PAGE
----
“At times it is in the fissure caused by an earthquake, through the radical mutation of things brought on by a material upheaval when every structure is for a moment thrown off balance and an ephemeral wildness sweeps order away, that the poet slips something by, for a brief span.”—Hélène Cixous, from The Laugh of the Medusa
A Narrative of Certain Years in No Particular Order, Part the First
I decide not to go to college. My parents eye me increasingly warily. I take a temp job in a sad building on top of a hill. I feel like a ghost. I file insurance papers belonging to dead people, I think about them, in the dark little rooms where I file. I repeat their names, like chants. They are ceaseless, relentless in their dying, in the filing. Every morning I sit in the car and wait for Star Date to come on the AM radio. I love the woman’s voice, so resigned as she announces in her 30 second snippet where the stars and planets are in the sky each day, like an inevitable fate. This is the marker of my days for many, many days. I go home after work, and sleep until I wake up again. Something unable to articulate itself sits on my chest, like that old painting of nightmares. Things get small and far away. I have a boyfriend. He is a chef, the youngest chef to ever have graduated from the culinary academy. He has a pain behind his eyes I don’t think I’ll ever see again. His mother killed herself when he was seven. His aunt shows me a picture of him as a child and I can’t recognize him. I search his face for a glimmer of who he used to be. I can’t find it. His father is a veteran, they share a one room shack behind a house. He takes care of his father, something I deeply admire him for. He drove him and his father in his father’s pickup truck from Iowa when he was twelve. It was the first time he had seen the ocean. He drove because his father was having a nervous breakdown. His father was a Transcendentalist, he teaches me how to meditate. He tells me I am a light, a beacon for people in pain, and to be careful.
“The ocean is becoming rough; the waves coming in slowly, tugging strength from far back. The moment before they somersault, the moment when they arch their backs so beautifully, showing white veins in the green and black, that moment is intolerable.”—Delmore Schwartz, from "In Dreams Begin Responsibilities"
“We may spend the better part of our lives projecting strength and toughness, but we are all in the end creatures of appalling fragility and vulnerability. Out of the millions of people we live among, most of whom we habitually ignore and are ignored by in turn, there are always a few who hold hostage our capacity for happiness, whom we could recognize by their smell alone and without whom we would rather die.”—Alain de Botton, from A Week at the Airport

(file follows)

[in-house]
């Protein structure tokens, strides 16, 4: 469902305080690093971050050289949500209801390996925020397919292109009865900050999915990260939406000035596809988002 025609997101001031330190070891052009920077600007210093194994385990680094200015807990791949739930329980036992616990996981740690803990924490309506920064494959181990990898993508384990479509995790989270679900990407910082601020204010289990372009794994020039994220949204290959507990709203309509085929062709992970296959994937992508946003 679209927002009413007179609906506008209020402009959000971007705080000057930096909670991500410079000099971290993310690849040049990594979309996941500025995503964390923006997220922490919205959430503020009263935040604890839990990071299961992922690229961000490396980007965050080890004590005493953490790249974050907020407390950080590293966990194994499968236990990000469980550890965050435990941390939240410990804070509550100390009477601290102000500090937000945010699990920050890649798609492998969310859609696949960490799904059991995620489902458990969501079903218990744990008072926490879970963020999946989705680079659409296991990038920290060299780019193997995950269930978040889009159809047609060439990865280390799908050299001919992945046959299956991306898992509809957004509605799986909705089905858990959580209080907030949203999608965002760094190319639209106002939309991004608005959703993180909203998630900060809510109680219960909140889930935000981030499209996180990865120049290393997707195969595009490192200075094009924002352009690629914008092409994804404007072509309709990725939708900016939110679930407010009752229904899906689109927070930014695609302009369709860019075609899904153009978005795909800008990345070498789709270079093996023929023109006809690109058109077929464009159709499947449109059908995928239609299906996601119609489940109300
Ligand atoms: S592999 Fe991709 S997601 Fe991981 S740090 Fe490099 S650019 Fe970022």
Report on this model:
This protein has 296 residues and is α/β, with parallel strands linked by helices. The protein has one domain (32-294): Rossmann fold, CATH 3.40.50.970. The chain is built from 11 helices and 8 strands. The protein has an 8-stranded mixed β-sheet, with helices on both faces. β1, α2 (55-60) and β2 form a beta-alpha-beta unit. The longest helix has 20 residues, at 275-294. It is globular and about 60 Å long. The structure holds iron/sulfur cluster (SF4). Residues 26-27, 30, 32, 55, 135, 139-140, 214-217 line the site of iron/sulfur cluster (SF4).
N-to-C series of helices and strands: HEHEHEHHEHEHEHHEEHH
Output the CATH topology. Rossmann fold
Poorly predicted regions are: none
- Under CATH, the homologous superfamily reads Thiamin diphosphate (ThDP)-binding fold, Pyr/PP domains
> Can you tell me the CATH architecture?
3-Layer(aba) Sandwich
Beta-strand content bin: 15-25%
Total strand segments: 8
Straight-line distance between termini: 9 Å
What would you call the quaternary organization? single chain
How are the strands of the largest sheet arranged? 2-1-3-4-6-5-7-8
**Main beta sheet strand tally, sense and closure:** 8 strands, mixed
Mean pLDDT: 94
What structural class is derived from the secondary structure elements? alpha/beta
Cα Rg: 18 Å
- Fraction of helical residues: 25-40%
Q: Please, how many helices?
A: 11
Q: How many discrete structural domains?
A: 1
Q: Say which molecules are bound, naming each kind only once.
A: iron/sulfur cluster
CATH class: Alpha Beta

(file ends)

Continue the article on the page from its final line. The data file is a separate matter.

“We will always be one of very few people in each others’ lives who understand the difference between who we are, who we say we are, who we’re afraid we are, and who we want to be. And we accept it all.”—_________, via a very profound rectangular conversation
“Even the ones who laugh are sometimes caught without an answer: these creatures who introduce themselves but we swear we have met them somewhere before. Yes, look in the mirror. What do you see? Are we being introduced against our will? Are they mirrors?”—The Log Lady, Twin Peaks
The word time split its husk; poured its riches over him; and from his lips fell like shells, like shavings from a plane, without his making them, hard, white, imperishable words, and flew to attach themselves to their places.
I am waiting to breathe the light. They say there will be a long tunnel, then light. Will I see, just for a moment? Seeing, what is it? Better than tasting, than hearing? I can feel the machines whirring; so big, so heavy. Something being pumped from a bag is a salty fire in the back of my right hand. “David,” they say “David, can you hear me? Are you in pain?” I think yes and the thought tastes like smoke, the smoke of the campfire we built on the beach. Driftwood and dried seaweed. Was it spring or fall? We sang. I remember her voice coming toward me over the sand, coming back again over the water. Later when she read to me, oh how like a warm washcloth, a dog’s lick. Now everything hurts: that taproot in my brain is a cruel finger, pushing every button as I go down floor by floor by floor. The pain is so loud: a trumpet blowing the strangest sounds. Now footsteps— are they coming or going? Lemony voices. I am waiting for the light. Breathe. Will it be blue like six? Breathe. Pink like up?
*from the funniest sentence** I have ever read while tipsy and trying to fall asleep at 2:00 in the morning:
Down there in grots of fallen light a cat transpires from stone to stone across the cobbles liquid black and sewn in rapid antipodes over the raindark street to vanish cat and countercat in the rifted works beyond.
One of Brang’s subjects was able to see the year as a circular ring surrounding her body. The “ring” rotated clockwise throughout the year so that the current month was always inside her chest with the previous month right in front of her chest.